John Hopwood Bleazard
(1803 - 1871)

by Joan Bleazard Thomas
(This is definitely not a finished product and if you have suggestions corrections or additions to make the pages more accurate and useful for us and our descendants, please get in touch with me.)




EARLY LIFE OF JOHN HOPWOOD BLEAZARD, 1803 to 1840

1803 - John Hopwood Bleazard was born 22 February 1803, and (chr) on 26 February 1803 in Newton Yorkshire, England. 

John's father was Robert Bleazard who was born about 1 May 1768 in Newton, Yorkshire, England. Robert Bleazard died in 1841 in Slaidburn, Yorkshire, England at age 63.

                                                                                                                                                                                     


John's father's (Robert Bleazard) parents were John Bleazard (chr) 22 March 1740, and Matty (Mattie) Parsons (b) about 1746 (England). John's great grandfather was Joshua Bleazard b 1715 in Slaidburn, m. Dorothy Brennand in Slaidburn; this Joshua's father was also named Joshua Bleazard b. 8 Sept 1689 in Slaidburn, m. Maria Dodgshon in 1712, d. April 1720; and this Joshua's father was the Robert Bleazard b 1649, d 1692 (age 43) who married Ann Foart in Slaidburn about 1688. Ann Foart b. 1649, d. 1691 (age 42).; this Robert Bleazard's father was Richard Bleazard b. 1640, married Agnes, their children were born in Slaidburn. Richard died in 1702-1704.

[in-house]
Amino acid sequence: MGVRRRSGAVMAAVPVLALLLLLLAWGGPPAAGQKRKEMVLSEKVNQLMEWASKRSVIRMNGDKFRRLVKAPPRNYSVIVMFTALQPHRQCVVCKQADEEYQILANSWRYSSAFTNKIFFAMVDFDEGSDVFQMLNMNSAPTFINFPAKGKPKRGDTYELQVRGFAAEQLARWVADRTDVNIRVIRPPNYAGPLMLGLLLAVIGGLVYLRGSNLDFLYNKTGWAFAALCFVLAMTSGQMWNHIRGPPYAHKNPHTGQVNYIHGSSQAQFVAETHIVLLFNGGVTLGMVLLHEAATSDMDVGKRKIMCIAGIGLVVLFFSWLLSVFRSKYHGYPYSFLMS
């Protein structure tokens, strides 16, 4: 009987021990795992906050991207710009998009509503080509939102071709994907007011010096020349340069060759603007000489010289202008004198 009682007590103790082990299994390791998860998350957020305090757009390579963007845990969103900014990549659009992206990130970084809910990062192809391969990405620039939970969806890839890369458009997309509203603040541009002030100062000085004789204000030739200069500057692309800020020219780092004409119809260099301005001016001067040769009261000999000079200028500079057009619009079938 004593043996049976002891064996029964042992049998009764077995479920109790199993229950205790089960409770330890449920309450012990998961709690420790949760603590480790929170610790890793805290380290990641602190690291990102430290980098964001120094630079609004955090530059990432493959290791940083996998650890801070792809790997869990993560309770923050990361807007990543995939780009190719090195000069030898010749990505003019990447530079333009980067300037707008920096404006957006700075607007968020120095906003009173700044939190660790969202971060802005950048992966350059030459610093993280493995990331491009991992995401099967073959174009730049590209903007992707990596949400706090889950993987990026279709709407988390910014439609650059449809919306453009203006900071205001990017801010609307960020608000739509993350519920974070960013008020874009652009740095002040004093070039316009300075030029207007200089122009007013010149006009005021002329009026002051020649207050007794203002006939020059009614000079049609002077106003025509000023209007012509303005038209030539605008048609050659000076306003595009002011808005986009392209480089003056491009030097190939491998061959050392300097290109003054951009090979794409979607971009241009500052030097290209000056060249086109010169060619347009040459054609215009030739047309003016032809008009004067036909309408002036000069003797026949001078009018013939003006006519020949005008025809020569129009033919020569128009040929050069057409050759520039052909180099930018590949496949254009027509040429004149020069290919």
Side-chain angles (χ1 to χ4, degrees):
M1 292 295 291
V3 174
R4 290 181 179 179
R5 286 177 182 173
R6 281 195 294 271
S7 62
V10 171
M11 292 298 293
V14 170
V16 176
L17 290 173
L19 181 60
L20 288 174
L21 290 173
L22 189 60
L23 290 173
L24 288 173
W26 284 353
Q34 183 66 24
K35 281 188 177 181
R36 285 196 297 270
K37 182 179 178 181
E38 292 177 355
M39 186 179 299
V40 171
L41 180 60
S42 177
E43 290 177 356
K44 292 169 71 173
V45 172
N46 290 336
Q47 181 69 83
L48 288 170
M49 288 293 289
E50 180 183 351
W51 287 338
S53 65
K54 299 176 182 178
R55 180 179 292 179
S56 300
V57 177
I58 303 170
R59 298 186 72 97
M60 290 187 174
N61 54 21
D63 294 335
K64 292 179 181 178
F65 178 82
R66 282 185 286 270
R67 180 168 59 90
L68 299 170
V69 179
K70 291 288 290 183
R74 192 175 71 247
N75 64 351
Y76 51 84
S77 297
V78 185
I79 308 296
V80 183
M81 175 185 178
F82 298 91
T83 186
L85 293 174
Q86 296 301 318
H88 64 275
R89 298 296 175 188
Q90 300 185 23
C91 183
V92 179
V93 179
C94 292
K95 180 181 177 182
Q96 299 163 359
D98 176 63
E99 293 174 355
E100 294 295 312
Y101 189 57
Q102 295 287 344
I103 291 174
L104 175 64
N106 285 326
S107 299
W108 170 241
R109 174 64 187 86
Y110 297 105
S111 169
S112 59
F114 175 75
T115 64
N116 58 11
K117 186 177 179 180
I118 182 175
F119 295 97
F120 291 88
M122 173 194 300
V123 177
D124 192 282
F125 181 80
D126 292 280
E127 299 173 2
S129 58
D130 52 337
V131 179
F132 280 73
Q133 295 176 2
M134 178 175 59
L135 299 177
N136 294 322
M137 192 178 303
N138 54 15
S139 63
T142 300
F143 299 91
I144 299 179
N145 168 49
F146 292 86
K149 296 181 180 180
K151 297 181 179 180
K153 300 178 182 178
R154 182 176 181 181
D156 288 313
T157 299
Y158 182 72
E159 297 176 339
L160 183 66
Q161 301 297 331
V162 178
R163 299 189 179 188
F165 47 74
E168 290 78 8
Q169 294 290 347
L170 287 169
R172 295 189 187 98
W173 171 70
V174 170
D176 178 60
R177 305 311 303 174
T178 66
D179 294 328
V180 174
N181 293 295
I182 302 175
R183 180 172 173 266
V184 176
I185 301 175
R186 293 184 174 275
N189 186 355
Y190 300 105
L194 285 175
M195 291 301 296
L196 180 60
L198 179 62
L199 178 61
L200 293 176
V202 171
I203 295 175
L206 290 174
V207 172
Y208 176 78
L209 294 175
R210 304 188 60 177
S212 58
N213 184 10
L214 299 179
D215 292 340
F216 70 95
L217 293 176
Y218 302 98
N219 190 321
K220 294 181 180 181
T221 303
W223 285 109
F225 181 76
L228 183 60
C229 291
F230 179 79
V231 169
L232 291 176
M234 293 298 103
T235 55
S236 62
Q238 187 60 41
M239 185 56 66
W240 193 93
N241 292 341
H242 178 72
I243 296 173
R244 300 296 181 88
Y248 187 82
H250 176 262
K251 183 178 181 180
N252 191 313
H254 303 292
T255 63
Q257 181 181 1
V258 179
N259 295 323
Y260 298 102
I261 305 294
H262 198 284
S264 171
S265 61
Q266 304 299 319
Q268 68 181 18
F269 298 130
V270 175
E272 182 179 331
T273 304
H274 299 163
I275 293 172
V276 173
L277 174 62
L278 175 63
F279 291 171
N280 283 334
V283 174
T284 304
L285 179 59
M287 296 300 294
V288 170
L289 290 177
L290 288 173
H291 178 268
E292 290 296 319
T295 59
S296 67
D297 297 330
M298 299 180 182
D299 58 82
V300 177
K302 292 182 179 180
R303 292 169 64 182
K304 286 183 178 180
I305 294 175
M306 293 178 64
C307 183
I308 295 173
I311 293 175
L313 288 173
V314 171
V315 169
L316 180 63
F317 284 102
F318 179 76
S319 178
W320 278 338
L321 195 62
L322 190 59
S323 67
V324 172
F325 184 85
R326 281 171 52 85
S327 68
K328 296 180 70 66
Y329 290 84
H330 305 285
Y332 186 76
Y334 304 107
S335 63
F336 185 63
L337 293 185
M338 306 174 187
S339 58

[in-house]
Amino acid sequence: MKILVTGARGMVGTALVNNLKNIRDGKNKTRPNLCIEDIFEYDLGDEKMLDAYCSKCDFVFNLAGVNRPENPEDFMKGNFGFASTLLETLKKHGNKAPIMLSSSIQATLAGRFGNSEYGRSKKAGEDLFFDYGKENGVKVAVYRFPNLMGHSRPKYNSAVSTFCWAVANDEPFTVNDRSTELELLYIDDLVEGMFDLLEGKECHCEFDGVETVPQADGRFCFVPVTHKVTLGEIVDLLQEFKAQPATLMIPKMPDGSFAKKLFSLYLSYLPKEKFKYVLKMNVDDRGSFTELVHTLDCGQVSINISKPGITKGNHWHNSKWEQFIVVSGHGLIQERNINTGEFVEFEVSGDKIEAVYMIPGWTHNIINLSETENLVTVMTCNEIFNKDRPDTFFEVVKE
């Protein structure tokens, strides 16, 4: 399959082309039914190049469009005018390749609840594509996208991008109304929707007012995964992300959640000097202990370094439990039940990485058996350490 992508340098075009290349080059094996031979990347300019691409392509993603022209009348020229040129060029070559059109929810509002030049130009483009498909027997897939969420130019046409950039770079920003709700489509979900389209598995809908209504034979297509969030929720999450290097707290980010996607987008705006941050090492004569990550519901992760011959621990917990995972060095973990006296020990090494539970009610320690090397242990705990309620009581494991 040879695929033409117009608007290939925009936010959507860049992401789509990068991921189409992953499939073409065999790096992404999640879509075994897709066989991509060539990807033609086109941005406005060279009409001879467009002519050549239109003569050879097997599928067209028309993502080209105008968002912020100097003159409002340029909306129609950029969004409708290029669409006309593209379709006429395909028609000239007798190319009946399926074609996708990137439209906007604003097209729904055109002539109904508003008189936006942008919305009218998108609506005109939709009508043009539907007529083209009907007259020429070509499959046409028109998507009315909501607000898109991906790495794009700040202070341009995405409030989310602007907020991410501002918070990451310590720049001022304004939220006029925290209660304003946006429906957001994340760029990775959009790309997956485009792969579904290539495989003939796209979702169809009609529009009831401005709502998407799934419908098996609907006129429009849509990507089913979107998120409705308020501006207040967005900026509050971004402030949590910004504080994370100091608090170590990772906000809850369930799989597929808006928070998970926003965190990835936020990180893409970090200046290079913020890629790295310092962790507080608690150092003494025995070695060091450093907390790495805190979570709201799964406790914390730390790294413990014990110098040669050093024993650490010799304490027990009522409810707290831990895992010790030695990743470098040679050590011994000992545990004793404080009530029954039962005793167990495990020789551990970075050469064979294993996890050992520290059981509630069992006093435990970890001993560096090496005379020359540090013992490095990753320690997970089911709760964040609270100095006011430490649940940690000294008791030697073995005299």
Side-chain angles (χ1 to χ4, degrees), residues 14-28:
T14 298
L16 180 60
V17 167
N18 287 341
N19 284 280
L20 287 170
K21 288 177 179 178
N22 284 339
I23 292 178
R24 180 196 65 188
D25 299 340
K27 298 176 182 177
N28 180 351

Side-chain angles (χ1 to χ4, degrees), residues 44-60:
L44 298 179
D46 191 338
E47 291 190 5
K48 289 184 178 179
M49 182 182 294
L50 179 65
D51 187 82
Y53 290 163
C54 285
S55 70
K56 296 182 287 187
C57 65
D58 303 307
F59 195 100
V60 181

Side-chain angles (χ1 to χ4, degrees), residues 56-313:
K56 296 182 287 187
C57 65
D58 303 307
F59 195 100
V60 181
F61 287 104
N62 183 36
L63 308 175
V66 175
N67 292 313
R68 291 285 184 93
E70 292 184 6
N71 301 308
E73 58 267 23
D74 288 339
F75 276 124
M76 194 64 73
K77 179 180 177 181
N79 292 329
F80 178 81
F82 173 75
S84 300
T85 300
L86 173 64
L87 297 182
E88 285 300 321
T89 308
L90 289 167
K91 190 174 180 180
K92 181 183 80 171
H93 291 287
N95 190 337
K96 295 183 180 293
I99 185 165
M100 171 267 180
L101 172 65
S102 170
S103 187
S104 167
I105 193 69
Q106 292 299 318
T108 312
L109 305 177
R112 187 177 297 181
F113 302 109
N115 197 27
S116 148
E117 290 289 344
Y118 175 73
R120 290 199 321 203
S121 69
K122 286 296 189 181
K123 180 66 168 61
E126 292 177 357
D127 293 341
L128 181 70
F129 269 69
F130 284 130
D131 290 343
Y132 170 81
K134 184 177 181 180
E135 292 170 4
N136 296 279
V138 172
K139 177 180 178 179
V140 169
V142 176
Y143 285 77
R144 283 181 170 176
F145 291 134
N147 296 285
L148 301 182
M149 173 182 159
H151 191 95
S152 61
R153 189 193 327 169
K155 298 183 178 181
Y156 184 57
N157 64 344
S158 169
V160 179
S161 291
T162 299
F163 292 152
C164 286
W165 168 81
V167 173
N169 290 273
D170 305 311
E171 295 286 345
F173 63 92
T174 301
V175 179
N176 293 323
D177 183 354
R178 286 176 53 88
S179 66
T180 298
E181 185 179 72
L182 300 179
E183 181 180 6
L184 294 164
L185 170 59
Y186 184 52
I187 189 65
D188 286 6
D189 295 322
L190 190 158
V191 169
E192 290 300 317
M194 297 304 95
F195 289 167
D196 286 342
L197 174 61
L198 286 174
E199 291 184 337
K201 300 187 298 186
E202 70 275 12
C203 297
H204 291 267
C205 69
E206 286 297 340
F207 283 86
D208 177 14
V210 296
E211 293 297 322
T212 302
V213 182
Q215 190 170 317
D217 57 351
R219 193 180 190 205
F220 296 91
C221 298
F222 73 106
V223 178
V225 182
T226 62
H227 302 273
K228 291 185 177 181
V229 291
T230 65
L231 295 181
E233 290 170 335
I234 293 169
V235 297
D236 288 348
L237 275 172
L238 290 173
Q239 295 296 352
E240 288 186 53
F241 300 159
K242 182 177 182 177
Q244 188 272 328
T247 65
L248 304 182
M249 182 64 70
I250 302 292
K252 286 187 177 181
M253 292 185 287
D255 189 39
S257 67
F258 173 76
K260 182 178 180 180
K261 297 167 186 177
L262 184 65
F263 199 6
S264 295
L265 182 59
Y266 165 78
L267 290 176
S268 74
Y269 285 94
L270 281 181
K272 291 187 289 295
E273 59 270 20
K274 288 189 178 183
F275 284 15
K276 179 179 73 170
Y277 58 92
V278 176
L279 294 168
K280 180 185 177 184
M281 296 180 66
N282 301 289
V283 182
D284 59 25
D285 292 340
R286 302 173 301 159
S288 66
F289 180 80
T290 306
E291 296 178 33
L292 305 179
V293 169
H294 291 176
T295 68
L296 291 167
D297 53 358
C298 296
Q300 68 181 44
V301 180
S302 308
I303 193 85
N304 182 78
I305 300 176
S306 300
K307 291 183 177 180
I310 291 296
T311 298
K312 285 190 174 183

John's mother was Ann Hopwood and she was born on 13 July 1777 in Newton Slaidburn, Yorkshire England, and his maternal grandparents were James Hopwood who was born March 21, 1741 and Margaret Smith who was born in 1744.

Ann Hopwood (Bleazard) died on 29 June 1833 in Newton, Yorkshire, England at age 55.

Chris Spencer emailed Stan Thomas on February 10, 2010. 

"...The Bleazards are numerous in Slaidburn post 1725, and it is tricky to work out the genealogy. I've done some preliminary work on them in the past, but I feel this family really needs some dedicated time assigning to it to fully explore the various lines, say, 1700 to 1850.

The Ribble Valley, to the east of Preston, was fertile territory in the 1830s onwards for recruiting members for the Latter Day Saints... 

I deposited a large bundle of deeds in the Lancashire Record Office a few years ago relating to Bleazard's farm at Easington, Slaidburn. The Bleazards all originate from Easington pre 1730 or so. They appear in Slaidburn as early as the 1620s and may have migrated from the Garstang/Cockerham areas of Lancashire.

Well, I hope this is of some help to you. Please do let me know about the dates for Robert Bleazard, as I'd like to confirm his identity here in the Slaidburn records."

Elaine Bleazard Buckley lived in New Mills, England in 2000/2001. Elaine mailed the following postcards with pictures of the St. Andrews Church in Slaidburn, and photos of Slaidburn. Elaine and I became Facebook friends in 2009.

   

Elaine wrote this on the back of the St Andrews Church/Slaidburn postcard:

"17 Feb 2001

Dear Joan:

At last a photo of the awesome village from where the Bleazards originated in England. We now have the same relatives. Jane, one of my Greats, was a sister of Robert Bleazard who married Ann Hopwood ... Also going back we have the same Greats in Robert Bleazard who married Agnes Foart. Enjoy the info and imagine the families being there. This is the Church where they were all (born), christened, married, etc. Love, Elaine."
 
Robert and Ann Hopwood Bleazard married on the 26 September 1797 in Slaidburn, St. Andrews, York, England. They were the parents of (11 children ?) and John Hopwood Bleazard was their 3rd child.